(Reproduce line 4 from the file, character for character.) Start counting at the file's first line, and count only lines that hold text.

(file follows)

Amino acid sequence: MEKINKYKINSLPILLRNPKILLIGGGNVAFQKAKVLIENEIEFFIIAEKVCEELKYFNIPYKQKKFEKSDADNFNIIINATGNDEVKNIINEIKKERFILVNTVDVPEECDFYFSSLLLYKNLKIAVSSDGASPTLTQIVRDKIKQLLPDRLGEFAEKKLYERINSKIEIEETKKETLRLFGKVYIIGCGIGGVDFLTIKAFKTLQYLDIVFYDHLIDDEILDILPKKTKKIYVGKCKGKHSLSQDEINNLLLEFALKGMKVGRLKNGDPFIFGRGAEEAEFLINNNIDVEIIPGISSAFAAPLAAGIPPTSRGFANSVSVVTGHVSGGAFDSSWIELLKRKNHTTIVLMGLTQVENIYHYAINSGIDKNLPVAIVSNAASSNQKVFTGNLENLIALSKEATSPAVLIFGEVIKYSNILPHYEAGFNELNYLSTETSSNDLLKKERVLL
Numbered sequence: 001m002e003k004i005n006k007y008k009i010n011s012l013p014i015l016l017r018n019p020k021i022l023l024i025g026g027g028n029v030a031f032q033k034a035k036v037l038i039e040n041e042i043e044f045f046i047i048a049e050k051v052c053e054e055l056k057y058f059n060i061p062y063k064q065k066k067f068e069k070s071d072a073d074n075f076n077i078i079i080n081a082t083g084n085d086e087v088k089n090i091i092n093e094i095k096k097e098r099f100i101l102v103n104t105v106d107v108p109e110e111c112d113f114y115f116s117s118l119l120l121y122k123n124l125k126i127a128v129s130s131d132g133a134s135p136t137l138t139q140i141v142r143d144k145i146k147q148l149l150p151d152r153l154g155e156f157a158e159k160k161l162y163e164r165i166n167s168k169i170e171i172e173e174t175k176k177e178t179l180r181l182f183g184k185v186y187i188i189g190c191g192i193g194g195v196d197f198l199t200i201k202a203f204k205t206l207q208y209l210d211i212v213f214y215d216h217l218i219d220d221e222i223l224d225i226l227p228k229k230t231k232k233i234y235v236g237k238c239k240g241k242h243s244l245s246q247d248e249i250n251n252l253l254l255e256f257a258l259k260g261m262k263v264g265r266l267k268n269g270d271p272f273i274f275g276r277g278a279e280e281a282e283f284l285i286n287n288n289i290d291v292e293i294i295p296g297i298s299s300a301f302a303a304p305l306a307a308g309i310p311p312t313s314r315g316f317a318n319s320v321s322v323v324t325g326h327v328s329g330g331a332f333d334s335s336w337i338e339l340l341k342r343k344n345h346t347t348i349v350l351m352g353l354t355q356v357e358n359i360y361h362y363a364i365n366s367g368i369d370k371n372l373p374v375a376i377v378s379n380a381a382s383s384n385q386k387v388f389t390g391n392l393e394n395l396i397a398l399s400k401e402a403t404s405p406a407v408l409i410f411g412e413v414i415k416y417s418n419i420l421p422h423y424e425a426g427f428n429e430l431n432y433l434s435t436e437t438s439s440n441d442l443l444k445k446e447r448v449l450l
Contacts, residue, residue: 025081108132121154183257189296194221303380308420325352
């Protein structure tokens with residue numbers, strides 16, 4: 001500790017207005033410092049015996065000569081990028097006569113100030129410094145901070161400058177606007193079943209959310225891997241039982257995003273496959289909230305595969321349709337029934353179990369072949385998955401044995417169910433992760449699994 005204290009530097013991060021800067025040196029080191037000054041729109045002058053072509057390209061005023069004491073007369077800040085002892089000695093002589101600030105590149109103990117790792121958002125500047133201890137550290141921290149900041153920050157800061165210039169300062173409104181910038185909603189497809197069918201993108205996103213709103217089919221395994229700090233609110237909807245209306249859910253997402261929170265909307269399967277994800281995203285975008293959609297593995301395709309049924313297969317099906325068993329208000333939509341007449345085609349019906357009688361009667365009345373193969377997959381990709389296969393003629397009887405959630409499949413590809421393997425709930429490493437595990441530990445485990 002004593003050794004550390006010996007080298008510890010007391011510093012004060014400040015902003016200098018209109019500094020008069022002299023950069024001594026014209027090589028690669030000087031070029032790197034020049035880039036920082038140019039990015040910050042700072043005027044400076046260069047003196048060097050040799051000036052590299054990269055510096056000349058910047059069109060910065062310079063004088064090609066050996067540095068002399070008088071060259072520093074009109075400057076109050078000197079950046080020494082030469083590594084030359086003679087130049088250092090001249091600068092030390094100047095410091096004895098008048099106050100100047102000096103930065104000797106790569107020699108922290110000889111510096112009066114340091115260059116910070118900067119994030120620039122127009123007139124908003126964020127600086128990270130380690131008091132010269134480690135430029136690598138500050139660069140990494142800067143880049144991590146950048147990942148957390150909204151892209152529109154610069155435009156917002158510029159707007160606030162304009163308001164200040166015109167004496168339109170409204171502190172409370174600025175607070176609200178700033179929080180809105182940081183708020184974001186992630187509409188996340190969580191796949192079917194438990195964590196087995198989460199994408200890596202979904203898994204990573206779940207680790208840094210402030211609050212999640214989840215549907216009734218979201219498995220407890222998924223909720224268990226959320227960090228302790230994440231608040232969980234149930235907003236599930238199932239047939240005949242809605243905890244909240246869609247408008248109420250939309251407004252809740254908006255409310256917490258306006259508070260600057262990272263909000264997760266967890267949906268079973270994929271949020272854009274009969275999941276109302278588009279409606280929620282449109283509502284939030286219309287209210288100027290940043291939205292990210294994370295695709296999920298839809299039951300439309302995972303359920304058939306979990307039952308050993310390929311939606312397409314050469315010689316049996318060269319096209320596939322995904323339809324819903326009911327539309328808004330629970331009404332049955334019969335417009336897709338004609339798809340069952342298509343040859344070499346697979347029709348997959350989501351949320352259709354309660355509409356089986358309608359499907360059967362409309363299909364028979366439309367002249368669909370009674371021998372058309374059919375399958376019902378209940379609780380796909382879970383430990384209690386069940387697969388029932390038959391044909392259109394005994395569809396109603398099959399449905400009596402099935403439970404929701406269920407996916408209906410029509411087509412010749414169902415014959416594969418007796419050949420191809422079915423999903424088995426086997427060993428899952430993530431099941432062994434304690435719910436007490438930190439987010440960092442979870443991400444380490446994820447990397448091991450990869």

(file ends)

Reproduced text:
């Protein structure tokens with residue numbers, strides 16, 4: 001500790017207005033410092049015996065000569081990028097006569113100030129410094145901070161400058177606007193079943209959310225891997241039982257995003273496959289909230305595969321349709337029934353179990369072949385998955401044995417169910433992760449699994 005204290009530097013991060021800067025040196029080191037000054041729109045002058053072509057390209061005023069004491073007369077800040085002892089000695093002589101600030105590149109103990117790792121958002125500047133201890137550290141921290149900041153920050157800061165210039169300062173409104181910038185909603189497809197069918201993108205996103213709103217089919221395994229700090233609110237909807245209306249859910253997402261929170265909307269399967277994800281995203285975008293959609297593995301395709309049924313297969317099906325068993329208000333939509341007449345085609349019906357009688361009667365009345373193969377997959381990709389296969393003629397009887405959630409499949413590809421393997425709930429490493437595990441530990445485990 002004593003050794004550390006010996007080298008510890010007391011510093012004060014400040015902003016200098018209109019500094020008069022002299023950069024001594026014209027090589028690669030000087031070029032790197034020049035880039036920082038140019039990015040910050042700072043005027044400076046260069047003196048060097050040799051000036052590299054990269055510096056000349058910047059069109060910065062310079063004088064090609066050996067540095068002399070008088071060259072520093074009109075400057076109050078000197079950046080020494082030469083590594084030359086003679087130049088250092090001249091600068092030390094100047095410091096004895098008048099106050100100047102000096103930065104000797106790569107020699108922290110000889111510096112009066114340091115260059116910070118900067119994030120620039122127009123007139124908003126964020127600086128990270130380690131008091132010269134480690135430029136690598138500050139660069140990494142800067143880049144991590146950048147990942148957390150909204151892209152529109154610069155435009156917002158510029159707007160606030162304009163308001164200040166015109167004496168339109170409204171502190172409370174600025175607070176609200178700033179929080180809105182940081183708020184974001186992630187509409188996340190969580191796949192079917194438990195964590196087995198989460199994408200890596202979904203898994204990573206779940207680790208840094210402030211609050212999640214989840215549907216009734218979201219498995220407890222998924223909720224268990226959320227960090228302790230994440231608040232969980234149930235907003236599930238199932239047939240005949242809605243905890244909240246869609247408008248109420250939309251407004252809740254908006255409310256917490258306006259508070260600057262990272263909000264997760266967890267949906268079973270994929271949020272854009274009969275999941276109302278588009279409606280929620282449109283509502284939030286219309287209210288100027290940043291939205292990210294994370295695709296999920298839809299039951300439309302995972303359920304058939306979990307039952308050993310390929311939606312397409314050469315010689316049996318060269319096209320596939322995904323339809324819903326009911327539309328808004330629970331009404332049955334019969335417009336897709338004609339798809340069952342298509343040859344070499346697979347029709348997959350989501351949320352259709354309660355509409356089986358309608359499907360059967362409309363299909364028979366439309367002249368669909370009674371021998372058309374059919375399958376019902378209940379609780380796909382879970383430990384209690386069940387697969388029932390038959391044909392259109394005994395569809396109603398099959399449905400009596402099935403439970404929701406269920407996916408209906410029509411087509412010749414169902415014959416594969418007796419050949420191809422079915423999903424088995426086997427060993428899952430993530431099941432062994434304690435719910436007490438930190439987010440960092442979870443991400444380490446994820447990397448091991450990869």